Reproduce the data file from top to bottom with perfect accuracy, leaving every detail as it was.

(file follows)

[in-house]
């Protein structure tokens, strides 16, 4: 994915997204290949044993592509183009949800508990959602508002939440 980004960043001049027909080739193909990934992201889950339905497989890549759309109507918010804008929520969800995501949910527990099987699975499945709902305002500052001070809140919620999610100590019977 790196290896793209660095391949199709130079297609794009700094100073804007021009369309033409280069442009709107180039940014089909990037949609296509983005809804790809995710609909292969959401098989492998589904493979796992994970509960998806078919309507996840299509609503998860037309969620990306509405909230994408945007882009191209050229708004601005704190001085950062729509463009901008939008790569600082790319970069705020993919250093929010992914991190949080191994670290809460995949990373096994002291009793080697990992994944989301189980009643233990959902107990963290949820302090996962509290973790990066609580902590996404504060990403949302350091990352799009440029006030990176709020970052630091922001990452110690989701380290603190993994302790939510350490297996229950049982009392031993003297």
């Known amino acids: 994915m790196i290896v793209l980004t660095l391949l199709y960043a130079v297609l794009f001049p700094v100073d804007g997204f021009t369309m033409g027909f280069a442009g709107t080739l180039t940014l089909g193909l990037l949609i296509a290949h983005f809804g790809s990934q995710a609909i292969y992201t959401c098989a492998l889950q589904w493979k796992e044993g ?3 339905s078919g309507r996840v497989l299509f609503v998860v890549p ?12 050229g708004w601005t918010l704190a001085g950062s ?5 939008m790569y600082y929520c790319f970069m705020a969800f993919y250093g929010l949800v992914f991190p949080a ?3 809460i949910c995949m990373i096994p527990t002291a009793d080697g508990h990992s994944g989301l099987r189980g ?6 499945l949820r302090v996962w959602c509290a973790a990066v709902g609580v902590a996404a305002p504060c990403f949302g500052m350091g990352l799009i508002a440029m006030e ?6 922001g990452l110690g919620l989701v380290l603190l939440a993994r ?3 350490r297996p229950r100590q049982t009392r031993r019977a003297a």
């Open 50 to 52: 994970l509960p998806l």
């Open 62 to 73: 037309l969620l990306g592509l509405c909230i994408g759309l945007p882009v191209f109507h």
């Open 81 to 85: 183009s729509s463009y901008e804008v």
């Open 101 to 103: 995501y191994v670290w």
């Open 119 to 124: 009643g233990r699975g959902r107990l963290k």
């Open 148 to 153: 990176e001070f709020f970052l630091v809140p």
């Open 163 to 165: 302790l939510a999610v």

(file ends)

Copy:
[in-house]
């Protein structure tokens, strides 16, 4: 994915997204290949044993592509183009949800508990959602508002939440 980004960043001049027909080739193909990934992201889950339905497989890549759309109507918010804008929520969800995501949910527990099987699975499945709902305002500052001070809140919620999610100590019977 790196290896793209660095391949199709130079297609794009700094100073804007021009369309033409280069442009709107180039940014089909990037949609296509983005809804790809995710609909292969959401098989492998589904493979796992994970509960998806078919309507996840299509609503998860037309969620990306509405909230994408945007882009191209050229708004601005704190001085950062729509463009901008939008790569600082790319970069705020993919250093929010992914991190949080191994670290809460995949990373096994002291009793080697990992994944989301189980009643233990959902107990963290949820302090996962509290973790990066609580902590996404504060990403949302350091990352799009440029006030990176709020970052630091922001990452110690989701380290603190993994302790939510350490297996229950049982009392031993003297």
């Known amino acids: 994915m790196i290896v793209l980004t660095l391949l199709y960043a130079v297609l794009f001049p700094v100073d804007g997204f021009t369309m033409g027909f280069a442009g709107t080739l180039t940014l089909g193909l990037l949609i296509a290949h983005f809804g790809s990934q995710a609909i292969y992201t959401c098989a492998l889950q589904w493979k796992e044993g ?3 339905s078919g309507r996840v497989l299509f609503v998860v890549p ?12 050229g708004w601005t918010l704190a001085g950062s ?5 939008m790569y600082y929520c790319f970069m705020a969800f993919y250093g929010l949800v992914f991190p949080a ?3 809460i949910c995949m990373i096994p527990t002291a009793d080697g508990h990992s994944g989301l099987r189980g ?6 499945l949820r302090v996962w959602c509290a973790a990066v709902g609580v902590a996404a305002p504060c990403f949302g500052m350091g990352l799009i508002a440029m006030e ?6 922001g990452l110690g919620l989701v380290l603190l939440a993994r ?3 350490r297996p229950r100590q049982t009392r031993r019977a003297a």
């Open 50 to 52: 994970l509960p998806l």
């Open 62 to 73: 037309l969620l990306g592509l509405c909230i994408g759309l945007p882009v191209f109507h």
């Open 81 to 85: 183009s729509s463009y901008e804008v």
């Open 101 to 103: 995501y191994v670290w």
């Open 119 to 124: 009643g233990r699975g959902r107990l963290k």
């Open 148 to 153: 990176e001070f709020f970052l630091v809140p």
């Open 163 to 165: 302790l939510a999610v």